Fresh out of college, Adam Shepard set out with $25, a sleeping bag, and the clothes on his back to prove that the American Dream is alive and well. Shepard was concerned by the pessimistic attitude of many of his friends – an attitude he thought was fostered by the popular but gloomy Nickel and Dimed: On (Not) Getting By in America and Bait and Switch: The (Futile) Pursuit of the American Dream, both by Barbara Ehrenreich.
He wanted to learn for himself whether it is still possible to pull yourself up by your own bootstraps. Using the same “undercover” approach as Ehrenreich, Shepard got off the train in Charleston with his meager possessions and a down-and-out cover story that did not involve a college degree. He also had the goal of obtaining a car, a place to live with furniture, $2,500 in savings, and career-advancing opportunities (either through school or business) by the end of one year. Scratch Beginnings chronicles this adventure from Shepard’s first night in a homeless shelter, through job searches, setbacks, conflict, and accomplishment.
There is no denying that this is an adventure tale. Yes, Shepherd addresses weighty issues, but he is not a sociologist and his book is not a policy polemic. This is the story of one young man’s year spent building a decent life from scratch. His hands-on approach to experiencing and then explaining things for himself brings to mind bygone explorers or early journalists like Mark Twain. It would be easy to pick on Shepard’s premise and poke holes in his arguments. But Shepard is quick to acknowledge this his is just one man’s story, not a comprehensive analysis of poverty in America. And he admits that his experience was made easier because he was not encumbered by children, addiction, or mental illness.
To fault the book for not providing scholarly economic analysis is to intentionally ignore its value and deny its charm. In fact, Shepard’s few attempts to address larger policy issues are the weak spots in the book. The book is not political – Shepard goes out of his way to disavow any particular political affiliation or ideology. But his lack of political clarity shows in the fuzzy thinking apparent in his few policy suggestions. A couple of his ideas – like why raising the minimum wage will not help poor people – show some original thought. But others, such as, “Affordable housing needs additional support from both the legislative and executive branches at the federal and state level” are political pablum, demonstrating neither insight nor innovation.
Fortunately, Shepard keeps his policy suggests to a minimum. He concentrates on explaining the personal lessons he learned from finding and keeping a difficult job as a house mover, making the most of difficult living accommodations, and denying himself easy and immediate pleasures in order to save his money and energy for a better future. These lessons range from the amusing (“Broccoli Au Gratin” is the best flavor of Rice-A-Roni and a one dollar box is enough for two meals) to the avuncular:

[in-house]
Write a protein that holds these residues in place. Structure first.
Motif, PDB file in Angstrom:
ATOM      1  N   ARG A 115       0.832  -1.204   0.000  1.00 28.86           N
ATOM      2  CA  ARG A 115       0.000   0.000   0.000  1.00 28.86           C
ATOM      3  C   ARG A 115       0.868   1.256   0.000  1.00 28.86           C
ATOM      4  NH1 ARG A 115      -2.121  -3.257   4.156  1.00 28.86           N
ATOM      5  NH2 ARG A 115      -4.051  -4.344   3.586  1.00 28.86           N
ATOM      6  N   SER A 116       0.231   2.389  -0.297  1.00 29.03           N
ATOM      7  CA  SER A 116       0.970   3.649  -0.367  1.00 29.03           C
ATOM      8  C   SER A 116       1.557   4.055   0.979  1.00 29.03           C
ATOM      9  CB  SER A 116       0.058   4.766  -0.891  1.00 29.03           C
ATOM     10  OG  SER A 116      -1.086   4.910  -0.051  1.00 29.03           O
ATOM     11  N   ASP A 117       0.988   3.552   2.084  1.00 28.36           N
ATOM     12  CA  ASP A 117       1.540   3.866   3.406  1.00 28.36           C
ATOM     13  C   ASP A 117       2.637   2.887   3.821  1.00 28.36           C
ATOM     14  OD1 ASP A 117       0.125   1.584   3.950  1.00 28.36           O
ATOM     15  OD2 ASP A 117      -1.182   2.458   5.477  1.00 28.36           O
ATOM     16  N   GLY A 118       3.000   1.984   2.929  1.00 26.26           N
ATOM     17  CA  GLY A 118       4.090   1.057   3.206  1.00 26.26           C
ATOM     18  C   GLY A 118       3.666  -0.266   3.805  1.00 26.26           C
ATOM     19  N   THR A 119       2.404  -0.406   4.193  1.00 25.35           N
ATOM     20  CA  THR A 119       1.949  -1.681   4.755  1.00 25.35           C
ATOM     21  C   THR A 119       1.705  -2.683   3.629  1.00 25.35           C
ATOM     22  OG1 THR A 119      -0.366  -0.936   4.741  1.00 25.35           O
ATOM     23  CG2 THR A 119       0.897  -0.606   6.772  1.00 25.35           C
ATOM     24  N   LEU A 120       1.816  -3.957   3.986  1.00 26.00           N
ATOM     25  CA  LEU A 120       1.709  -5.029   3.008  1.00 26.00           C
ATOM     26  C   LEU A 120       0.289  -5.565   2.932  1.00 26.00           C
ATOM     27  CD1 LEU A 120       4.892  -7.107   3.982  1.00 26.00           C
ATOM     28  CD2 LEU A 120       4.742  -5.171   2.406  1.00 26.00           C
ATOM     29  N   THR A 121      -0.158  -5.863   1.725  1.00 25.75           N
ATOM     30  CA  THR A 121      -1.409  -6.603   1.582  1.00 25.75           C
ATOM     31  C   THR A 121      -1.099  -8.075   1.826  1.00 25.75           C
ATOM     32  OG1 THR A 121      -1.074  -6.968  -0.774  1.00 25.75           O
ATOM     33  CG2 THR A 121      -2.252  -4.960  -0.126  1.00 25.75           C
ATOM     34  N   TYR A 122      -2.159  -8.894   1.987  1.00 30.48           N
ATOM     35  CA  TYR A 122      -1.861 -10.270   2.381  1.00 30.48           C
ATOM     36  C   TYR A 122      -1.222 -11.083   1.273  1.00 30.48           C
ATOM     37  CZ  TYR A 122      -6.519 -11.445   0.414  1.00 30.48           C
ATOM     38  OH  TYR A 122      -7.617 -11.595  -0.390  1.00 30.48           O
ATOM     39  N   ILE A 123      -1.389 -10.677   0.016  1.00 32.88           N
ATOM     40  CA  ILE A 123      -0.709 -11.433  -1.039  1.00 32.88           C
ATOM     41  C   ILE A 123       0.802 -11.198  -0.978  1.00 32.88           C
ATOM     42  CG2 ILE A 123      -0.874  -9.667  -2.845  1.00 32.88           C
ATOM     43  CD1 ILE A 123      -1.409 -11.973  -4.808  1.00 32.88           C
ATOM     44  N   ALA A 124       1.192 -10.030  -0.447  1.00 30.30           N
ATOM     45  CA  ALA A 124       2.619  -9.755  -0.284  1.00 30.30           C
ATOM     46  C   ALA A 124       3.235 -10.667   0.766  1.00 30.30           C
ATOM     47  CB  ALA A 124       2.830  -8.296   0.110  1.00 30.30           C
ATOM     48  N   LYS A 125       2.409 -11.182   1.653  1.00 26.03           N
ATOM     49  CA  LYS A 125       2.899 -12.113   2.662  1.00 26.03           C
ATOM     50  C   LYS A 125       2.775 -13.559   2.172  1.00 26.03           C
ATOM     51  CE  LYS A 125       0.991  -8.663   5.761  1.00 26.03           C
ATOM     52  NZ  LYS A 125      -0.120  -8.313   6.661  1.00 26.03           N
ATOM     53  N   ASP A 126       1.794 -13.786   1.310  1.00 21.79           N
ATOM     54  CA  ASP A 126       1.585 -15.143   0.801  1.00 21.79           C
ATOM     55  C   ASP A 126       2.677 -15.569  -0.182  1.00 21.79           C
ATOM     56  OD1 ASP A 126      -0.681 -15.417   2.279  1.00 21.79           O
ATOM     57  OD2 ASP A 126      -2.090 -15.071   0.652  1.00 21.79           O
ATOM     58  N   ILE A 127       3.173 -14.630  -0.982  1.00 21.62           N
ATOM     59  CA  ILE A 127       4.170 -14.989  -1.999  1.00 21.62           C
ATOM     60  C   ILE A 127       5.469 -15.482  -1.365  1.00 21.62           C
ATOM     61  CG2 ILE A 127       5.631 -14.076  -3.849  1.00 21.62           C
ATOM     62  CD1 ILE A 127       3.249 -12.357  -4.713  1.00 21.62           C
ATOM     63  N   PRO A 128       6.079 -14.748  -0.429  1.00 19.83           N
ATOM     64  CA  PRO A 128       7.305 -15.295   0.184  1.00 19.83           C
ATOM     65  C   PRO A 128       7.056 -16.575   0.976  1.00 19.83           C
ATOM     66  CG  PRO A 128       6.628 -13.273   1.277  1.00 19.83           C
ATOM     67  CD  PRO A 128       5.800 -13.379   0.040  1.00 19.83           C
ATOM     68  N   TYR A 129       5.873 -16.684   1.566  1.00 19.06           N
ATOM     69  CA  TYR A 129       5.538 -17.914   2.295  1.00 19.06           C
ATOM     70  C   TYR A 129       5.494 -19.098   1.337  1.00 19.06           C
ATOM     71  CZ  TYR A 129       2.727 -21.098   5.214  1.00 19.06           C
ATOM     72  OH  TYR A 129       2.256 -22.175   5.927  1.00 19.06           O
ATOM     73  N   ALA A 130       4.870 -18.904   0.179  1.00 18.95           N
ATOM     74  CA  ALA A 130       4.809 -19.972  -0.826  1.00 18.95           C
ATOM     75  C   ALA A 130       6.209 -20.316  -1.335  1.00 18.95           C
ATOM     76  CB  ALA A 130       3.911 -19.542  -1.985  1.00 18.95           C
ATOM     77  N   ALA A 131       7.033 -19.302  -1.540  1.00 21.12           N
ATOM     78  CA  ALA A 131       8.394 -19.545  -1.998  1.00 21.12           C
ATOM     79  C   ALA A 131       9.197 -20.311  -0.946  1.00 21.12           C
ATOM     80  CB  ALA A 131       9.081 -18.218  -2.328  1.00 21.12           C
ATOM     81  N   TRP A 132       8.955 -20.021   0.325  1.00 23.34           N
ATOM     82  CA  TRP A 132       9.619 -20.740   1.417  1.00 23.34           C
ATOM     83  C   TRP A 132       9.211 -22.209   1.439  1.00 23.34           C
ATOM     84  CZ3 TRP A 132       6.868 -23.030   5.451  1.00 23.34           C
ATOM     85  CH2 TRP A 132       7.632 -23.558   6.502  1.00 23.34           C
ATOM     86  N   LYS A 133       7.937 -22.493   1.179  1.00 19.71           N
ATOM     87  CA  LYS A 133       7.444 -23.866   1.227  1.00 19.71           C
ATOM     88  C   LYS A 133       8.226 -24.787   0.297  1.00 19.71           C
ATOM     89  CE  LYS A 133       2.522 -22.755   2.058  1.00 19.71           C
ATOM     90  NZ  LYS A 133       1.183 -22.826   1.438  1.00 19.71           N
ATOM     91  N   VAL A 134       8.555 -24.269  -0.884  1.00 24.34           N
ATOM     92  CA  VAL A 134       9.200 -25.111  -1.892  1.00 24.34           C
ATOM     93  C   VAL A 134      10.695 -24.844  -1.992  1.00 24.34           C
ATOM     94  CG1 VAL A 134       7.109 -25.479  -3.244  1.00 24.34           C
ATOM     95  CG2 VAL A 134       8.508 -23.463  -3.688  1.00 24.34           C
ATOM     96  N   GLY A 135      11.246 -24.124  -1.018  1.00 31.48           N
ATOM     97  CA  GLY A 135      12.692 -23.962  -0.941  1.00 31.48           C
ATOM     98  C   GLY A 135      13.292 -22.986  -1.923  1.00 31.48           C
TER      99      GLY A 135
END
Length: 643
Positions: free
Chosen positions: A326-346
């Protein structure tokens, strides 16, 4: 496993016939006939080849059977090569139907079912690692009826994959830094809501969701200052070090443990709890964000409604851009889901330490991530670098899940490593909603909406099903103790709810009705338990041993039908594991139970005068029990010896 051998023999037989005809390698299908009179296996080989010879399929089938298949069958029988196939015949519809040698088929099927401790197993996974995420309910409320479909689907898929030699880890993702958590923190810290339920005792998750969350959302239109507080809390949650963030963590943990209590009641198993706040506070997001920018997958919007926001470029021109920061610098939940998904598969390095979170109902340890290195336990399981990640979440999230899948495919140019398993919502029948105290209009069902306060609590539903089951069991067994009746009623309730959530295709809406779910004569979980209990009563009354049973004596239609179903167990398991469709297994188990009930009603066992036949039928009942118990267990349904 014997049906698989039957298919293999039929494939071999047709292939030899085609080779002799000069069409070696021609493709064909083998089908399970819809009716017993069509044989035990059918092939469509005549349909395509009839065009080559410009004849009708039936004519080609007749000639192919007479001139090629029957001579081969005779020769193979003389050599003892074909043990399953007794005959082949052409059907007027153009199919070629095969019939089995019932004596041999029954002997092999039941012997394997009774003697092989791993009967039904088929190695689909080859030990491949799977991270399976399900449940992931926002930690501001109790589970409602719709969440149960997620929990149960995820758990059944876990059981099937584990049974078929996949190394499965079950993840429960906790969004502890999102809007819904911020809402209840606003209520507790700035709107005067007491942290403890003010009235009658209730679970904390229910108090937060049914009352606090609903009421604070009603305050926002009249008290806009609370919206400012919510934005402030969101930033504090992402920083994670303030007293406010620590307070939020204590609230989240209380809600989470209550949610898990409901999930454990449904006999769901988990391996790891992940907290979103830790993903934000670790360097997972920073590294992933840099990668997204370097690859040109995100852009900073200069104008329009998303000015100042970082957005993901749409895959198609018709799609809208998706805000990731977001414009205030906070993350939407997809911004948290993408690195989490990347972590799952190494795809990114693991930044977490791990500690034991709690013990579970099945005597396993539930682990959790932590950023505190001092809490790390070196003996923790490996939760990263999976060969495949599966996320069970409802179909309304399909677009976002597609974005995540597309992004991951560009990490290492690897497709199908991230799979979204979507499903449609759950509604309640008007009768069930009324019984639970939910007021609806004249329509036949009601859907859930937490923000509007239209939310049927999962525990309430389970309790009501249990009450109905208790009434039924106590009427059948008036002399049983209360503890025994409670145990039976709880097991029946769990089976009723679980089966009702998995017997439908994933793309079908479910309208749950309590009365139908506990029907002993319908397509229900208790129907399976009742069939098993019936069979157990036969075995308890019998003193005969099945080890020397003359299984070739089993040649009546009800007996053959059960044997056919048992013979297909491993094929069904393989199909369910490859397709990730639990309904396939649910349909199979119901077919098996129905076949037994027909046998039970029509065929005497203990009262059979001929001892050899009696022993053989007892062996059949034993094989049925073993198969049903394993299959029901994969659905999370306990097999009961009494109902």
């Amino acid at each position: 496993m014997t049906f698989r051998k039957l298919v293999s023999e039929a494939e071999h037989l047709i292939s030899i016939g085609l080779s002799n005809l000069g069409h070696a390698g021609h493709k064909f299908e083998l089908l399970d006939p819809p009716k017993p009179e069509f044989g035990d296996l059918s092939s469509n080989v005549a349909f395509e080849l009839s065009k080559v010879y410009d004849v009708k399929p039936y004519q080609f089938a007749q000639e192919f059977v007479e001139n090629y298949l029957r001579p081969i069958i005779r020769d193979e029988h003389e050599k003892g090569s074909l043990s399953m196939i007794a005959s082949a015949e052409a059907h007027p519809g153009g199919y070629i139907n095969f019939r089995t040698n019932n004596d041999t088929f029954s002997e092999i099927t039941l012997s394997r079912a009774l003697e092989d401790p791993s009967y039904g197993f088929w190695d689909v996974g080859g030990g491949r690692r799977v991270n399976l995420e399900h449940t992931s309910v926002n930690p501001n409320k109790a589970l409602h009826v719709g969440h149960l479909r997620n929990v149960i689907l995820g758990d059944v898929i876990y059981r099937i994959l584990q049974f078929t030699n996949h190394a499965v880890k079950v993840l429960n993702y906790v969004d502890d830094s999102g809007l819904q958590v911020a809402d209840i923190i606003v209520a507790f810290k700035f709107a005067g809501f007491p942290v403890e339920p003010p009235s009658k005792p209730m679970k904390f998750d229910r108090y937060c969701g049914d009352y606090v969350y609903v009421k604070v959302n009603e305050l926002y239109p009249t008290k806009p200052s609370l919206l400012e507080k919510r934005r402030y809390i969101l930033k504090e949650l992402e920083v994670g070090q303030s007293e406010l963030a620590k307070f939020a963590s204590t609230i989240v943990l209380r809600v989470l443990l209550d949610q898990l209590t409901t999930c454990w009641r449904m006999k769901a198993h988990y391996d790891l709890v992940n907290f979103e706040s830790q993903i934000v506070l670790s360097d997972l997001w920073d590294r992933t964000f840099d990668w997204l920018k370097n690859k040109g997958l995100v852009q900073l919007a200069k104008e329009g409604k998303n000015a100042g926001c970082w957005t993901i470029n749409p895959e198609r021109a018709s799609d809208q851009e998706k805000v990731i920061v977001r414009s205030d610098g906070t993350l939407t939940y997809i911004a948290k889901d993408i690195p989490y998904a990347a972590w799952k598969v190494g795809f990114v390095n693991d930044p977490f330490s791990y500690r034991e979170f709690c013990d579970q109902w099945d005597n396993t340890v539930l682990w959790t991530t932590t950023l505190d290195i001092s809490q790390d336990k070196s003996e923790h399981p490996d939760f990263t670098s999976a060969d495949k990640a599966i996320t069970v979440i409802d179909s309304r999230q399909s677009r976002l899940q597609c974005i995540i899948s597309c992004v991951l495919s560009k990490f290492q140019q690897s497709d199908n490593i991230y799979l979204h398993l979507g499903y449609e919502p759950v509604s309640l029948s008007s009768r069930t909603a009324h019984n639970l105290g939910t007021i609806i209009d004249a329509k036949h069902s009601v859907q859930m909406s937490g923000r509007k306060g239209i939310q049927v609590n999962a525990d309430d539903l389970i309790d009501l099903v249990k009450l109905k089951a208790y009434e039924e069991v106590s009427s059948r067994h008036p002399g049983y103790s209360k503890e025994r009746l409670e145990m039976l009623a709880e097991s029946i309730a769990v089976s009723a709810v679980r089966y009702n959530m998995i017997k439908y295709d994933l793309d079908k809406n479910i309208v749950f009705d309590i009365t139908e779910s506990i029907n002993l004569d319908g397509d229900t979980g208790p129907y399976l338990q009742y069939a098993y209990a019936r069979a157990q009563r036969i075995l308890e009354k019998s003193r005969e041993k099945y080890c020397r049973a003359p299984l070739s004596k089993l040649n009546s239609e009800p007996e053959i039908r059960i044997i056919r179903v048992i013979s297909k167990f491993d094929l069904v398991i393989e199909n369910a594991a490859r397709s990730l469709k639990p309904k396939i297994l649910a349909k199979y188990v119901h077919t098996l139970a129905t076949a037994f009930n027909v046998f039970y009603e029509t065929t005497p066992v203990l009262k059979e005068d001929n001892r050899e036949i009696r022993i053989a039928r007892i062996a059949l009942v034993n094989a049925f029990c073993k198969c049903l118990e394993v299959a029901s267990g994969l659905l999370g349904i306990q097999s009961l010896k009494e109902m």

We adjust. That’s what we do. We seize the opportunities that are given to us, and we adjust to make up for what is kept from us. In some cases, . . . we don’t have a choice. We embrace change or we fight it off. In the end, they say, change makes us stronger. Even if we deny the change and retreat back to the norm, the experience has helped us to grow and understand what is on the other side, and it has given us the freedom to make more informed decisions in the futureThe appeal of all Shepard’s lessons is that he culled them from his own experience; he did not learn them on a theoretical level from a college seminar or a self-help book, he lived them. He accepted advice from other men at the shelter about how to look for work and get a job. He learned the skills of house moving from the men he worked with. There were times when Shepard’s credulity and open-eyed wonder show him to still be a little wet behind the ears, but that is a big part of the appeal of his book – these life-lessons seem fresh coming from him because they were fresh to him.
In the end, Shepard learned from observing the people around him just how difficult life can be, what a difference culture and upbringing can make in a person’s life, and that personal responsibility is the key to achieving goals. As he explained:
All the while, we have to be more focused, keeping our eye on what we really want to do with our lives: move up. Or not. We’re either on a mission or keeping our flight grounded. Either way, we are the pilots.Scratch Beginnings is exuberant and refreshing, especially when Shepard sticks with describing his own experiences and impressions. Shepard’s was a brash experiment and its very undertaking proves his premise: the American Dream is still kicking.
Internet Review of Books
If you would like your review to be listed here, please leave a comment with your link and I will add it.